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Senescence: Reversing the Clock on Skin Aging

Shyam Gupta, PhD, and Linda Walker
  • Senescence, the change in the biology of an organism as it ages after its maturity, may be one of the keys to unlocking the next step for anti-aging products.
  • While use of humectants and emollients has been a common practice, the application of osmoprotective anti-senescence ingredients in human skin anti-aging has been practically unknown.
  • Scientific discoveries in senescence pave the way for the development of a new class of anti-aging skin care products, opening a new field for innovative marketing.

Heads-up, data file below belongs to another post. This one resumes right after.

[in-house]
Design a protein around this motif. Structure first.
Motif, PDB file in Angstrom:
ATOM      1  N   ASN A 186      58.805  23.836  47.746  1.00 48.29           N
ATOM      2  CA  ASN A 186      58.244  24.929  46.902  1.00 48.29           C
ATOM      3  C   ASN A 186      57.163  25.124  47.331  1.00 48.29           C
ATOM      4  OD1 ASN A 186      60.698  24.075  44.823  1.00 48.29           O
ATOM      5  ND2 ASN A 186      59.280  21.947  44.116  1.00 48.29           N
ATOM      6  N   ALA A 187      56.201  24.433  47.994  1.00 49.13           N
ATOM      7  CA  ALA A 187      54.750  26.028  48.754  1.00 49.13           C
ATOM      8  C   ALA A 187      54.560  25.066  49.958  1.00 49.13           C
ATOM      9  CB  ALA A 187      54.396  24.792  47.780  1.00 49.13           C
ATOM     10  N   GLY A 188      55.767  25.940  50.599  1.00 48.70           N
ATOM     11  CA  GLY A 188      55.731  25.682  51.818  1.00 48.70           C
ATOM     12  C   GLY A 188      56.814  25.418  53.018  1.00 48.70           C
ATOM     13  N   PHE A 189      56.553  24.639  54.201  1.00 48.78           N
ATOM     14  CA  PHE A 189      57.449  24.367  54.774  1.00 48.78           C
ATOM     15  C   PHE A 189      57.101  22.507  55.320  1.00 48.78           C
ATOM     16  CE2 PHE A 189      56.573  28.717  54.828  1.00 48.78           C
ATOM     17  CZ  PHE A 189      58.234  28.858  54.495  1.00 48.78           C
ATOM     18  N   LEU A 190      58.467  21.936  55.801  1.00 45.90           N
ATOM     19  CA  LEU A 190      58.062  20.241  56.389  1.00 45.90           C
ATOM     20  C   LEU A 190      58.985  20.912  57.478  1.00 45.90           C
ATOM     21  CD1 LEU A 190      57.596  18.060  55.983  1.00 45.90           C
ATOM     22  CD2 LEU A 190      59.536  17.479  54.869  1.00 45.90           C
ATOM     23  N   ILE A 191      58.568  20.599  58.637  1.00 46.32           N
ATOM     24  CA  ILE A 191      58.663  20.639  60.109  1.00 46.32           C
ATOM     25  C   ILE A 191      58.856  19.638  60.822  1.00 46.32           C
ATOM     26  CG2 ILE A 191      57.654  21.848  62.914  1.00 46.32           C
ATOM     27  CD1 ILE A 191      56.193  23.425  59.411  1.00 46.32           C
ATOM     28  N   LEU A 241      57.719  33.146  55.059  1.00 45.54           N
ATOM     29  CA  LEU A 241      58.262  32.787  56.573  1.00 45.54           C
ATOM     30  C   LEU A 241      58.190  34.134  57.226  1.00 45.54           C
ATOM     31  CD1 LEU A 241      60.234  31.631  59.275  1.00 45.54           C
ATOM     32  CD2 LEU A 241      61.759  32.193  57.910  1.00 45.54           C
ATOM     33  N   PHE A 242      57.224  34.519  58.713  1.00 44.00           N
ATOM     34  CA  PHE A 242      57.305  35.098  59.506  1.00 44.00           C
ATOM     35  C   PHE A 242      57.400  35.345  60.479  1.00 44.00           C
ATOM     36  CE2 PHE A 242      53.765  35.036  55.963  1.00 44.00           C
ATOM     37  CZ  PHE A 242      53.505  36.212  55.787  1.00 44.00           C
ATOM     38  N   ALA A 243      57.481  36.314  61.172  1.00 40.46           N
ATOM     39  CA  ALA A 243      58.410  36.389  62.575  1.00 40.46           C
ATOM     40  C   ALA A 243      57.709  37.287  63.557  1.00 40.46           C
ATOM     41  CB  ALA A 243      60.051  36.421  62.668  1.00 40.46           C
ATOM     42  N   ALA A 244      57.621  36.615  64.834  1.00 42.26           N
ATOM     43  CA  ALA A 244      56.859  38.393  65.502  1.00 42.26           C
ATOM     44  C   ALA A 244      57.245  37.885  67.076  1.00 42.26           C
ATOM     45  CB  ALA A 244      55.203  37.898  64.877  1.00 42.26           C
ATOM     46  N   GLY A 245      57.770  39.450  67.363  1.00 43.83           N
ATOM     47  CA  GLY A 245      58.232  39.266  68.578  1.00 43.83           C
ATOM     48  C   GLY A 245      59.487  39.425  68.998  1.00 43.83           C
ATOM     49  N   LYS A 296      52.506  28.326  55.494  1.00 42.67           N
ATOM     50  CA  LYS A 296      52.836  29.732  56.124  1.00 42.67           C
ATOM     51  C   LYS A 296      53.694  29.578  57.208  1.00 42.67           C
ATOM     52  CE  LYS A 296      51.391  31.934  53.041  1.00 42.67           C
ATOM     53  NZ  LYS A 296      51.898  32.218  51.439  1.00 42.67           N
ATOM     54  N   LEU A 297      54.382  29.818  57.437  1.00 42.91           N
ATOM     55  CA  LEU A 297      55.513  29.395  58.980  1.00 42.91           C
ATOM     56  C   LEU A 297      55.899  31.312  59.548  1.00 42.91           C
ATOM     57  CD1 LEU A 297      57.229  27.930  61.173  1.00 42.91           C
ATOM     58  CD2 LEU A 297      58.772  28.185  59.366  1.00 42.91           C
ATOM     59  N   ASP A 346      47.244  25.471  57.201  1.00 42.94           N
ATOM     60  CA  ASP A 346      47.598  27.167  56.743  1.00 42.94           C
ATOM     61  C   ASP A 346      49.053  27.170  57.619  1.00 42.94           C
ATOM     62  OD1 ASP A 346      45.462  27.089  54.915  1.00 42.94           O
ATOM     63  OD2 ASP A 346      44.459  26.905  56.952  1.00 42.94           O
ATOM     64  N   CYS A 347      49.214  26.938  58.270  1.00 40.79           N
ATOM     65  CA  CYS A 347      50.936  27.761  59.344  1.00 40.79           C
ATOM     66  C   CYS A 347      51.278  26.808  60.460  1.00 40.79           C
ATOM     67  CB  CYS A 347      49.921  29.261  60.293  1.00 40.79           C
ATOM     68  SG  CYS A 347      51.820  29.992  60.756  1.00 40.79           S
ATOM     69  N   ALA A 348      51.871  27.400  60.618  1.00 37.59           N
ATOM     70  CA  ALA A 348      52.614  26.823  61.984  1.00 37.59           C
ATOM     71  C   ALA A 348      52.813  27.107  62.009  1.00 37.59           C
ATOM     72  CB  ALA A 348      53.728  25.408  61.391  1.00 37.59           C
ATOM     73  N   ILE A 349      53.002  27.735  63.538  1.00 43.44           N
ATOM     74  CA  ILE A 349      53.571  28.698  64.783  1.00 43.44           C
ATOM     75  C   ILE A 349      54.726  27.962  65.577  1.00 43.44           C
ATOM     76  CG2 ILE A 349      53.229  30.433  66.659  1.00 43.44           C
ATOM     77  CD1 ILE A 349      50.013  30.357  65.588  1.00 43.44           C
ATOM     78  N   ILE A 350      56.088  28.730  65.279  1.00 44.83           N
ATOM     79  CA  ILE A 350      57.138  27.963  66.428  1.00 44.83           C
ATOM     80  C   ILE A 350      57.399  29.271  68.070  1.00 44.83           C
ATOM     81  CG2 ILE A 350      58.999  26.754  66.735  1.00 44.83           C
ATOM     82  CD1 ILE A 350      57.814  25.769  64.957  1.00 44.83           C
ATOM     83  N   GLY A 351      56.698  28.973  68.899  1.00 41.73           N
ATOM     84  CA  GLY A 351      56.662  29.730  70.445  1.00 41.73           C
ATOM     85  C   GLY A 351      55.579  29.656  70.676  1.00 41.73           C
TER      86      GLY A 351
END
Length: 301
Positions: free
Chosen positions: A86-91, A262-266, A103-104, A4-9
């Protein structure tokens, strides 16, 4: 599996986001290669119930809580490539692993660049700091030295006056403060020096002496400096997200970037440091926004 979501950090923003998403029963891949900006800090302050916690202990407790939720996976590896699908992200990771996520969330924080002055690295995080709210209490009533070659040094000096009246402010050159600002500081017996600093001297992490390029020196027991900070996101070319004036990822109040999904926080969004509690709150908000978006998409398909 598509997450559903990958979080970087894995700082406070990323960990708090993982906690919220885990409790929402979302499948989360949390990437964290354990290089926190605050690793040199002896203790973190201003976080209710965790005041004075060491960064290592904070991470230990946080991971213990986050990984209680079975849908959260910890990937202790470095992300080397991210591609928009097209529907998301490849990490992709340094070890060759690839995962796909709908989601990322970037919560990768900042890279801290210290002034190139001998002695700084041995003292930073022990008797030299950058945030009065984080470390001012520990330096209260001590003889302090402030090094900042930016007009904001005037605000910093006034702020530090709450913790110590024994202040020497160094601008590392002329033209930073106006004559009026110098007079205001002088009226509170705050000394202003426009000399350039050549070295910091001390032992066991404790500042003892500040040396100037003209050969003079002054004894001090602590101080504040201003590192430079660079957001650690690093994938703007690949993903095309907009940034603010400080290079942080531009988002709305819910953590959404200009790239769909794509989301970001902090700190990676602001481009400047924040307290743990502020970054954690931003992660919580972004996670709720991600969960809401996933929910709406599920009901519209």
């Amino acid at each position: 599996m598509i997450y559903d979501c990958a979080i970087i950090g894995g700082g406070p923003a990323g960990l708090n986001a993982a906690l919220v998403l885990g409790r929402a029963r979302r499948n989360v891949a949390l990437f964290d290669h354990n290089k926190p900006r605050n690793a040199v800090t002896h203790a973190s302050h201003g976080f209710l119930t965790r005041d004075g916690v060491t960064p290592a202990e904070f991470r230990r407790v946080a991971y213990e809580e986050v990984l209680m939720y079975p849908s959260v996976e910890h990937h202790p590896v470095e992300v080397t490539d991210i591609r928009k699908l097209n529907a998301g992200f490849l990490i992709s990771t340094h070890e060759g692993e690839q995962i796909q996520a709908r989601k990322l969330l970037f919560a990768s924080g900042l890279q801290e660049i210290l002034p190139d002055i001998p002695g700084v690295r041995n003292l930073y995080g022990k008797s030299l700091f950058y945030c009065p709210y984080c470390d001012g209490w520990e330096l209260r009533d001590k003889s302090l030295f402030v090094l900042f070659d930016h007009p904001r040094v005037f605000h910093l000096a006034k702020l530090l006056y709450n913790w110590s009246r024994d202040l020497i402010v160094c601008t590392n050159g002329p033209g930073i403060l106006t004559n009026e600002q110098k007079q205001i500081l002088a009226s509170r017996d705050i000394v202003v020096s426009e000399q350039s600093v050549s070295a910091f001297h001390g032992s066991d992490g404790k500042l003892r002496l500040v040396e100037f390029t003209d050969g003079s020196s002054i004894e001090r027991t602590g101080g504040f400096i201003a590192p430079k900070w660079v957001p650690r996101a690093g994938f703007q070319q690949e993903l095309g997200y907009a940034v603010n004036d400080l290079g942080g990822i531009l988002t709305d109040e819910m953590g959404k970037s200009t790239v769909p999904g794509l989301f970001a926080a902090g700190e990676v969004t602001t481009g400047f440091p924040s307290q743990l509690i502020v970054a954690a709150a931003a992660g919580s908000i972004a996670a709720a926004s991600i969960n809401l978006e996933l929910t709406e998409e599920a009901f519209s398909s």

Aging in mammals remains an unsolved mystery,1 but one that science, beauty brands and consumers would love to solve. Anti-aging itself is a recurring topic in the history of scientific research—and has become one of the primary targets of many cosmetic products. In fact, consumers across age and gender categories are increasingly drawn to anti-aging products, demanding more from their brands. Understanding senescence, the change in the biology of an organism as it ages after its maturity, may be a key to unlocking the next step for anti-aging products; more accurately, treatments based on anti-senescence could offer a magic bullet, single solution for the myriad causes and signs of aging skin.